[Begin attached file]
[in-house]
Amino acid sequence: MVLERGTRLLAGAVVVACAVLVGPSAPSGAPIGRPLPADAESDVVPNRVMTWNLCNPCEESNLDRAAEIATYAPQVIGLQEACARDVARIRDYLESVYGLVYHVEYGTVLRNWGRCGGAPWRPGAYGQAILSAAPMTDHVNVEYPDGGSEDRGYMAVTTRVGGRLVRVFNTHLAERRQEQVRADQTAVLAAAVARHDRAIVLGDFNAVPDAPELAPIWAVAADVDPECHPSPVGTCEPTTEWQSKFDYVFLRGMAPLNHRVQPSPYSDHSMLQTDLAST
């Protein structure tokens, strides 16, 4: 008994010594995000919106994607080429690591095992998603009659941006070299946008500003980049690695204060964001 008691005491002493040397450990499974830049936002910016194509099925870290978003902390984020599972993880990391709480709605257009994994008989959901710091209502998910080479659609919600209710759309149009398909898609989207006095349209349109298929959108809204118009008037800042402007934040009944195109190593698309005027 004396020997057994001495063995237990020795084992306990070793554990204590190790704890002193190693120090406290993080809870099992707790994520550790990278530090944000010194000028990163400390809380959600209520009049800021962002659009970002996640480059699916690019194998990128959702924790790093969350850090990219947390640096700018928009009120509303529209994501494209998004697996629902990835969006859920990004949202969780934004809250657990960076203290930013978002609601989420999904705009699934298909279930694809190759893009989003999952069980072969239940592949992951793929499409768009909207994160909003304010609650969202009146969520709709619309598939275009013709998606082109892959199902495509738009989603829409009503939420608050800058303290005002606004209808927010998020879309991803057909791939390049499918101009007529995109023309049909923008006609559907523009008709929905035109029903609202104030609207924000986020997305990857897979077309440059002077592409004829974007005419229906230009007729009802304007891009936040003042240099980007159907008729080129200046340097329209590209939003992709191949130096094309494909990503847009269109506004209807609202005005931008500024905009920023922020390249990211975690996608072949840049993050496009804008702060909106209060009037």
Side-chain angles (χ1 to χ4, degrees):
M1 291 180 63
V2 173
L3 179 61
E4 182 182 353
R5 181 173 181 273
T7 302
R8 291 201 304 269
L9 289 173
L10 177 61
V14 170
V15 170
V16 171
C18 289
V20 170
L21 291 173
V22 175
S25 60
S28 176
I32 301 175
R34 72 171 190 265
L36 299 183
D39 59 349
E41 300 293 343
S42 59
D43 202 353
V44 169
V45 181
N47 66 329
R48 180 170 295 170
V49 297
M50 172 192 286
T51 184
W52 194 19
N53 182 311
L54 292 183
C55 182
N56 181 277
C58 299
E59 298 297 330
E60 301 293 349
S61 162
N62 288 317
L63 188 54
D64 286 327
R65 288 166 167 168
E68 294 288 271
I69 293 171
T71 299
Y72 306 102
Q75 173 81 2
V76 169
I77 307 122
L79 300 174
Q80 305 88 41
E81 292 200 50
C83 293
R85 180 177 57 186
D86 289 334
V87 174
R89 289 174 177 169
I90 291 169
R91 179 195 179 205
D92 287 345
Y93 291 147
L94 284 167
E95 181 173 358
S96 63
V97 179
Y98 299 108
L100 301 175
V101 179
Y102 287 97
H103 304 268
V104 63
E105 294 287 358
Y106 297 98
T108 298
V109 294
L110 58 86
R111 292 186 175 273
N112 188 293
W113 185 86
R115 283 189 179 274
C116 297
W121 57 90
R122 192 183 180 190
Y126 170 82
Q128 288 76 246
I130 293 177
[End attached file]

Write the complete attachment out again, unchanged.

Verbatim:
[in-house]
Amino acid sequence: MVLERGTRLLAGAVVVACAVLVGPSAPSGAPIGRPLPADAESDVVPNRVMTWNLCNPCEESNLDRAAEIATYAPQVIGLQEACARDVARIRDYLESVYGLVYHVEYGTVLRNWGRCGGAPWRPGAYGQAILSAAPMTDHVNVEYPDGGSEDRGYMAVTTRVGGRLVRVFNTHLAERRQEQVRADQTAVLAAAVARHDRAIVLGDFNAVPDAPELAPIWAVAADVDPECHPSPVGTCEPTTEWQSKFDYVFLRGMAPLNHRVQPSPYSDHSMLQTDLAST
């Protein structure tokens, strides 16, 4: 008994010594995000919106994607080429690591095992998603009659941006070299946008500003980049690695204060964001 008691005491002493040397450990499974830049936002910016194509099925870290978003902390984020599972993880990391709480709605257009994994008989959901710091209502998910080479659609919600209710759309149009398909898609989207006095349209349109298929959108809204118009008037800042402007934040009944195109190593698309005027 004396020997057994001495063995237990020795084992306990070793554990204590190790704890002193190693120090406290993080809870099992707790994520550790990278530090944000010194000028990163400390809380959600209520009049800021962002659009970002996640480059699916690019194998990128959702924790790093969350850090990219947390640096700018928009009120509303529209994501494209998004697996629902990835969006859920990004949202969780934004809250657990960076203290930013978002609601989420999904705009699934298909279930694809190759893009989003999952069980072969239940592949992951793929499409768009909207994160909003304010609650969202009146969520709709619309598939275009013709998606082109892959199902495509738009989603829409009503939420608050800058303290005002606004209808927010998020879309991803057909791939390049499918101009007529995109023309049909923008006609559907523009008709929905035109029903609202104030609207924000986020997305990857897979077309440059002077592409004829974007005419229906230009007729009802304007891009936040003042240099980007159907008729080129200046340097329209590209939003992709191949130096094309494909990503847009269109506004209807609202005005931008500024905009920023922020390249990211975690996608072949840049993050496009804008702060909106209060009037």
Side-chain angles (χ1 to χ4, degrees):
M1 291 180 63
V2 173
L3 179 61
E4 182 182 353
R5 181 173 181 273
T7 302
R8 291 201 304 269
L9 289 173
L10 177 61
V14 170
V15 170
V16 171
C18 289
V20 170
L21 291 173
V22 175
S25 60
S28 176
I32 301 175
R34 72 171 190 265
L36 299 183
D39 59 349
E41 300 293 343
S42 59
D43 202 353
V44 169
V45 181
N47 66 329
R48 180 170 295 170
V49 297
M50 172 192 286
T51 184
W52 194 19
N53 182 311
L54 292 183
C55 182
N56 181 277
C58 299
E59 298 297 330
E60 301 293 349
S61 162
N62 288 317
L63 188 54
D64 286 327
R65 288 166 167 168
E68 294 288 271
I69 293 171
T71 299
Y72 306 102
Q75 173 81 2
V76 169
I77 307 122
L79 300 174
Q80 305 88 41
E81 292 200 50
C83 293
R85 180 177 57 186
D86 289 334
V87 174
R89 289 174 177 169
I90 291 169
R91 179 195 179 205
D92 287 345
Y93 291 147
L94 284 167
E95 181 173 358
S96 63
V97 179
Y98 299 108
L100 301 175
V101 179
Y102 287 97
H103 304 268
V104 63
E105 294 287 358
Y106 297 98
T108 298
V109 294
L110 58 86
R111 292 186 175 273
N112 188 293
W113 185 86
R115 283 189 179 274
C116 297
W121 57 90
R122 192 183 180 190
Y126 170 82
Q128 288 76 246
I130 293 177